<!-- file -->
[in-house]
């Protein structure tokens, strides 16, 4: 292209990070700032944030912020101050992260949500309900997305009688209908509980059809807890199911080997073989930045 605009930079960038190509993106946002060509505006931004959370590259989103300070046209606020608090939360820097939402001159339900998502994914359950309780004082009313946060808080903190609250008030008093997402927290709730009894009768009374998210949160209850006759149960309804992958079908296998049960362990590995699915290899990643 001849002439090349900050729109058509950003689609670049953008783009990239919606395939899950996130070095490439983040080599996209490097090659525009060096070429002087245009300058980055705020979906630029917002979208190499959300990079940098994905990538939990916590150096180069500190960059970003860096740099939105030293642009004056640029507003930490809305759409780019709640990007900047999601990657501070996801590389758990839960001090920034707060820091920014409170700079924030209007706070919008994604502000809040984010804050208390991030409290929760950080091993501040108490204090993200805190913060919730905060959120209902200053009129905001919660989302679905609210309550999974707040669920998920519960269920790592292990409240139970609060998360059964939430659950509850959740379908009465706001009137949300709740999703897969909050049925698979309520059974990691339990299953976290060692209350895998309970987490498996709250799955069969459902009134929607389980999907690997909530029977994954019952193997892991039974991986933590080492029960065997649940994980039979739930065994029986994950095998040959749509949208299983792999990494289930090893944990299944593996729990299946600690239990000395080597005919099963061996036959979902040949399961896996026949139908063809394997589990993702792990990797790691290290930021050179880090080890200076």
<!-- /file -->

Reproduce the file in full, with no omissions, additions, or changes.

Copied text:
[in-house]
């Protein structure tokens, strides 16, 4: 292209990070700032944030912020101050992260949500309900997305009688209908509980059809807890199911080997073989930045 605009930079960038190509993106946002060509505006931004959370590259989103300070046209606020608090939360820097939402001159339900998502994914359950309780004082009313946060808080903190609250008030008093997402927290709730009894009768009374998210949160209850006759149960309804992958079908296998049960362990590995699915290899990643 001849002439090349900050729109058509950003689609670049953008783009990239919606395939899950996130070095490439983040080599996209490097090659525009060096070429002087245009300058980055705020979906630029917002979208190499959300990079940098994905990538939990916590150096180069500190960059970003860096740099939105030293642009004056640029507003930490809305759409780019709640990007900047999601990657501070996801590389758990839960001090920034707060820091920014409170700079924030209007706070919008994604502000809040984010804050208390991030409290929760950080091993501040108490204090993200805190913060919730905060959120209902200053009129905001919660989302679905609210309550999974707040669920998920519960269920790592292990409240139970609060998360059964939430659950509850959740379908009465706001009137949300709740999703897969909050049925698979309520059974990691339990299953976290060692209350895998309970987490498996709250799955069969459902009134929607389980999907690997909530029977994954019952193997892991039974991986933590080492029960065997649940994980039979739930065994029986994950095998040959749509949208299983792999990494289930090893944990299944593996729990299946600690239990000395080597005919099963061996036959979902040949399961896996026949139908063809394997589990993702792990990797790691290290930021050179880090080890200076």